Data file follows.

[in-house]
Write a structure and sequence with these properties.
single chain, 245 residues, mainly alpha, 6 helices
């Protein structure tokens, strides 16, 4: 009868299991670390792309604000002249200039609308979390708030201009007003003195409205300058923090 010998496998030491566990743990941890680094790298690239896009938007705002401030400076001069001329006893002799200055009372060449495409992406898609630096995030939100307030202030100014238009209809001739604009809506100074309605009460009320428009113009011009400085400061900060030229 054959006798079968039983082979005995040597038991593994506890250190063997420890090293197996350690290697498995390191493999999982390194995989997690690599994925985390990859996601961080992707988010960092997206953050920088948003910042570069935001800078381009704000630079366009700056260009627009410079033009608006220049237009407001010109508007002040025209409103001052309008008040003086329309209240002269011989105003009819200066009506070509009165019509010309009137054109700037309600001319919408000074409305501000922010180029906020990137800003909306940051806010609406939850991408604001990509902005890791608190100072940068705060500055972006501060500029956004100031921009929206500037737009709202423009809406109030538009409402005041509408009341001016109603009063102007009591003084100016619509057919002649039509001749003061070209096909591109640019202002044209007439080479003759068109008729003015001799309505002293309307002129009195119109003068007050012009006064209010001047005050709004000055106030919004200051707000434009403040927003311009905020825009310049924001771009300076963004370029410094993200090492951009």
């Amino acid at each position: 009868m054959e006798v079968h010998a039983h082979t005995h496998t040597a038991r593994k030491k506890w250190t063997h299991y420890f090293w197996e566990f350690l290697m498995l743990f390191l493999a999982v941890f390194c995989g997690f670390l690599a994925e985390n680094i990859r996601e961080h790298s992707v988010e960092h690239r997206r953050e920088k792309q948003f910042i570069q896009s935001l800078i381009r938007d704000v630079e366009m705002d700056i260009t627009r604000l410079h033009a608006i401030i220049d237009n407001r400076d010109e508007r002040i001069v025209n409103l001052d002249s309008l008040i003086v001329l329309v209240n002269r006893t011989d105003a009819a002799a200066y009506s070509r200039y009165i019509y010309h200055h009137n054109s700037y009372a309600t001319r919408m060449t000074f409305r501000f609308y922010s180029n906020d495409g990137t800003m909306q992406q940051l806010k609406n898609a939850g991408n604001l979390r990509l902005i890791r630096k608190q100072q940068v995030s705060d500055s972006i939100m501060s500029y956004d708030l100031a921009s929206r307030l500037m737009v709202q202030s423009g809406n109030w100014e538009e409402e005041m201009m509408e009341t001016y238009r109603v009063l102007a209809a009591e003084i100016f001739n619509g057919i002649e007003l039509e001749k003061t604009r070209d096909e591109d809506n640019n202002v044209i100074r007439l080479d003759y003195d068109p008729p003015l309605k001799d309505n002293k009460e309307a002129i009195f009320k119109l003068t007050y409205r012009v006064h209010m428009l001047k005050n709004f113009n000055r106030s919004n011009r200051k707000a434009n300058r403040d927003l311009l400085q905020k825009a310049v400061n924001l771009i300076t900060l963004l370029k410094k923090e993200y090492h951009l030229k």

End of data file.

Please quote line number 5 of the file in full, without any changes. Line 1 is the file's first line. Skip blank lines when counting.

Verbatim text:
């Amino acid at each position: 009868m054959e006798v079968h010998a039983h082979t005995h496998t040597a038991r593994k030491k506890w250190t063997h299991y420890f090293w197996e566990f350690l290697m498995l743990f390191l493999a999982v941890f390194c995989g997690f670390l690599a994925e985390n680094i990859r996601e961080h790298s992707v988010e960092h690239r997206r953050e920088k792309q948003f910042i570069q896009s935001l800078i381009r938007d704000v630079e366009m705002d700056i260009t627009r604000l410079h033009a608006i401030i220049d237009n407001r400076d010109e508007r002040i001069v025209n409103l001052d002249s309008l008040i003086v001329l329309v209240n002269r006893t011989d105003a009819a002799a200066y009506s070509r200039y009165i019509y010309h200055h009137n054109s700037y009372a309600t001319r919408m060449t000074f409305r501000f609308y922010s180029n906020d495409g990137t800003m909306q992406q940051l806010k609406n898609a939850g991408n604001l979390r990509l902005i890791r630096k608190q100072q940068v995030s705060d500055s972006i939100m501060s500029y956004d708030l100031a921009s929206r307030l500037m737009v709202q202030s423009g809406n109030w100014e538009e409402e005041m201009m509408e009341t001016y238009r109603v009063l102007a209809a009591e003084i100016f001739n619509g057919i002649e007003l039509e001749k003061t604009r070209d096909e591109d809506n640019n202002v044209i100074r007439l080479d003759y003195d068109p008729p003015l309605k001799d309505n002293k009460e309307a002129i009195f009320k119109l003068t007050y409205r012009v006064h209010m428009l001047k005050n709004f113009n000055r106030s919004n011009r200051k707000a434009n300058r403040d927003l311009l400085q905020k825009a310049v400061n924001l771009i300076t900060l963004l370029k410094k923090e993200y090492h951009l030229k």